Ireland’s economic recovery is unlikely to hit the headlines, but the Irish Government is not letting that stop it from pushing forward with plans to slash corporate tax rates and increase capital gains tax relief.
In a speech in Dublin on Tuesday, Minister for Finance Paschal Donohoe told the National Council for Public Expenditure and Reform (NCPE) that the government is making “significant progress” in reducing the burden of corporate taxes on Ireland’s economy.
It has also pledged to double the capital gains allowance to 20 per cent by 2020, which will see the top rate of 50 per cent drop from the current level of 45 per cent.
Donohye also pledged that the Irish government will continue to make progress on a long-term investment plan.
“We have committed to making significant progress on the long-haul investment plan,” he said.
“The long-running plan to raise private investment and create jobs will be in the works and will continue as part of the Government’s long-range economic strategy.
“Ireland will continue its long-held approach of promoting a low corporate tax rate, but also will take steps to make it easier to bring companies back into the public sector. “
Our long-standing commitment to promoting public investment in the private sector and to a sustainable growth economy is now in the process of being implemented,” he added.
The current structure, however, is not working for Ireland. “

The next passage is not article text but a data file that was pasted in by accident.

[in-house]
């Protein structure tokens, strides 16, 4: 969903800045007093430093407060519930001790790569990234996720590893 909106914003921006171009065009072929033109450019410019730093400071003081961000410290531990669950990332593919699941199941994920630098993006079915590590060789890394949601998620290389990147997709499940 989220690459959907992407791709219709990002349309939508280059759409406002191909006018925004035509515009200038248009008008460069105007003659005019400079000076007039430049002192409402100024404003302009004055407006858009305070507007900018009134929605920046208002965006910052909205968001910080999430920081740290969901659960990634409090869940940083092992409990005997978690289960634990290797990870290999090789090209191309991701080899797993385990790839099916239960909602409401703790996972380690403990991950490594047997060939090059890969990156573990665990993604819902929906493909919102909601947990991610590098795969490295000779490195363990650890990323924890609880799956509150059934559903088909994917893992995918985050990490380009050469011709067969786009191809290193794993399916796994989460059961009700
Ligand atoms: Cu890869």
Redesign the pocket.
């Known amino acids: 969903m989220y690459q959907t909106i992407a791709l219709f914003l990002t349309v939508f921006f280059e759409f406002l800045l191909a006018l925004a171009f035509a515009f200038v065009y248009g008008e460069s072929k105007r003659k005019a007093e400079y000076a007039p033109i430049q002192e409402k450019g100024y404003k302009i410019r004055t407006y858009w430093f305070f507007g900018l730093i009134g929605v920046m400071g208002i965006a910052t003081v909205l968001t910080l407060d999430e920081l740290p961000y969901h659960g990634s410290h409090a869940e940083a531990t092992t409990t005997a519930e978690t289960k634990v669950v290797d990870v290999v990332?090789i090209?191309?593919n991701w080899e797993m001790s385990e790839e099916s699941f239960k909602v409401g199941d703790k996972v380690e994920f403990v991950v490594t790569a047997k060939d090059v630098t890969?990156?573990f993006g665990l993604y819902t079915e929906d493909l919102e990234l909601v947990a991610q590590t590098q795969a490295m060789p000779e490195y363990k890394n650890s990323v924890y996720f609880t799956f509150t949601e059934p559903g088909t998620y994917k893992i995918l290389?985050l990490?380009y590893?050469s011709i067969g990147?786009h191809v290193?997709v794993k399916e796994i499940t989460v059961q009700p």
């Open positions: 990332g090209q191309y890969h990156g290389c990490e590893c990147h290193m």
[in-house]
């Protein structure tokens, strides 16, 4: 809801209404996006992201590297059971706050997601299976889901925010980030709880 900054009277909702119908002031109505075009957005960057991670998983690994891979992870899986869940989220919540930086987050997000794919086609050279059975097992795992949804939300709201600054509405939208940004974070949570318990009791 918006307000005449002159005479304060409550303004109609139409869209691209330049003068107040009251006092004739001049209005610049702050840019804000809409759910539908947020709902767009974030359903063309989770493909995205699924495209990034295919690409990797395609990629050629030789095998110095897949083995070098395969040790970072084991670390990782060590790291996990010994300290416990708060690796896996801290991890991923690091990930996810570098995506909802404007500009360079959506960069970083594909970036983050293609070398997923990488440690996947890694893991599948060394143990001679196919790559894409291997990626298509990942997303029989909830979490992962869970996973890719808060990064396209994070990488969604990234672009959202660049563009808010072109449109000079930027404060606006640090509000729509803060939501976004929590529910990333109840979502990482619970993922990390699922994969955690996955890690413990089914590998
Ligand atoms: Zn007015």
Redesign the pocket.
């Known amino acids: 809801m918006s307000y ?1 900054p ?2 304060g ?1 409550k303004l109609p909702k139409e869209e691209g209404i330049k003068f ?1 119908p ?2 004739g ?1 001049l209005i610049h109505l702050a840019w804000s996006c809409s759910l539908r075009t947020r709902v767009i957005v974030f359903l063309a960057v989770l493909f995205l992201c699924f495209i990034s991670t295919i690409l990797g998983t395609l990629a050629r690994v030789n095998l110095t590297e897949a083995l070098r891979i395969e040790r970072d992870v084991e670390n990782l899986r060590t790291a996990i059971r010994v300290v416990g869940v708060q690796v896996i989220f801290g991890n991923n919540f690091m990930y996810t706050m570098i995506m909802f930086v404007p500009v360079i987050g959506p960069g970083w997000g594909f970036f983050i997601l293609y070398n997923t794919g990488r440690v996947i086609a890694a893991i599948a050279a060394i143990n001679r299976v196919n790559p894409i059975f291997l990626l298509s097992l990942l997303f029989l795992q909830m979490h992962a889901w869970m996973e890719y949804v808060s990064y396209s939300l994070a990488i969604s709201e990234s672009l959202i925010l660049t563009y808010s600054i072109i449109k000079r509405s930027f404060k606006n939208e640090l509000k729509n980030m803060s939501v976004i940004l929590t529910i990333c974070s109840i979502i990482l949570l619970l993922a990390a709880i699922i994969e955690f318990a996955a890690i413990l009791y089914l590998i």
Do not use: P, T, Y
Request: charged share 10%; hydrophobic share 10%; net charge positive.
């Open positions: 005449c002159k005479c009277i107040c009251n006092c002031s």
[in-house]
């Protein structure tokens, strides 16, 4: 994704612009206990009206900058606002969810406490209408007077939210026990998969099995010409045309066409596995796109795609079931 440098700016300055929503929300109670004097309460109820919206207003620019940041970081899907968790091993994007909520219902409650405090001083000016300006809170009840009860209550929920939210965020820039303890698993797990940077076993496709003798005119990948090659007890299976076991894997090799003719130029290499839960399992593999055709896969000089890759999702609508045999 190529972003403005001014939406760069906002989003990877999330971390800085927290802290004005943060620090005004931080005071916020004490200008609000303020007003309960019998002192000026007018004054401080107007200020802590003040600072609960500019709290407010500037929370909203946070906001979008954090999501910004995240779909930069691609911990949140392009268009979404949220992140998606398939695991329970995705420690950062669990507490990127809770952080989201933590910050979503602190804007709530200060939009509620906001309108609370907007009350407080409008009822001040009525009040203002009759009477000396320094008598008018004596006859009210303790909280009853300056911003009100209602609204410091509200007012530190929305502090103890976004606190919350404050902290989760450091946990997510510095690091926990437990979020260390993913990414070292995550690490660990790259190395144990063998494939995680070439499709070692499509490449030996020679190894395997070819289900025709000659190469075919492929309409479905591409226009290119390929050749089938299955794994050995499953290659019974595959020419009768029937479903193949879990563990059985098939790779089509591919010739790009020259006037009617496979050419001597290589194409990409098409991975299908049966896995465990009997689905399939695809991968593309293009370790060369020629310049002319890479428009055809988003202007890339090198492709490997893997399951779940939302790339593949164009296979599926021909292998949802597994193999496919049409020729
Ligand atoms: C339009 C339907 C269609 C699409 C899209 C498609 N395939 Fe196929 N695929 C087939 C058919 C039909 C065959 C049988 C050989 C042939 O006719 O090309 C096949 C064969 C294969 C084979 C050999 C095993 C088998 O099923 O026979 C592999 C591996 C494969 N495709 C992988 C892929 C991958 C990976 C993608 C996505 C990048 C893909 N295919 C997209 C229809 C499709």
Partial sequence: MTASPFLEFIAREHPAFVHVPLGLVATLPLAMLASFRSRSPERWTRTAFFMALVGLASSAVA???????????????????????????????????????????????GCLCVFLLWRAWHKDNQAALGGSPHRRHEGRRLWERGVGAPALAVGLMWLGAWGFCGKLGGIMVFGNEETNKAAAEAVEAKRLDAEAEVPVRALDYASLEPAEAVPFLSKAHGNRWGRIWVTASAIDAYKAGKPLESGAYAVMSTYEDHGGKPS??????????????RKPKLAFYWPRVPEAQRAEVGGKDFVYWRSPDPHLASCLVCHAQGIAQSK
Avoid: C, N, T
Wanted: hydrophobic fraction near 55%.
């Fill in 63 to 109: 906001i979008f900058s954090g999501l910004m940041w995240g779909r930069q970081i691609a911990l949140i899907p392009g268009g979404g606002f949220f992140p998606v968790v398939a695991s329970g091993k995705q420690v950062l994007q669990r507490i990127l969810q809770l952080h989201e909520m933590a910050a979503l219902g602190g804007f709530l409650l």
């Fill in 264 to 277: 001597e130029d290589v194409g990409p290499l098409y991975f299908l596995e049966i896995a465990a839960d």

This is not a new idea, but it is an important step in a long process of reforming our tax system.
The current structure, however, is not working for Ireland.
The Irish government is also working to ensure that our businesses remain competitive and competitive in the global economy.”
While a recession is not yet inevitable, the country’s economy is likely to take a hit.
Unemployment is currently at 6.3 per cent, with inflation rising to 5 per cent and a growth forecast of just 0.7 per cent this year.
There are fears that the slump will spread to other parts of the economy, as inflation has risen to 5.3 percent, while unemployment has risen from 4.3 to 6.5 per cent in recent months.
“Inflation is a big issue, but I think we need to recognise that inflation is not the only issue facing the economy right now,” Mr Donohoy said.
Ireland is one of the European Union’s poorest countries, with average incomes in 2015 being around €20,000, below the EU average of €40,000.
In order to keep its economy from going into a recession, the government has also been investing heavily in infrastructure.
The National Development and Reform Commission has promised to spend €500 million in the coming year on the development of new roads and bridges, as well as upgrading the national electric grid.
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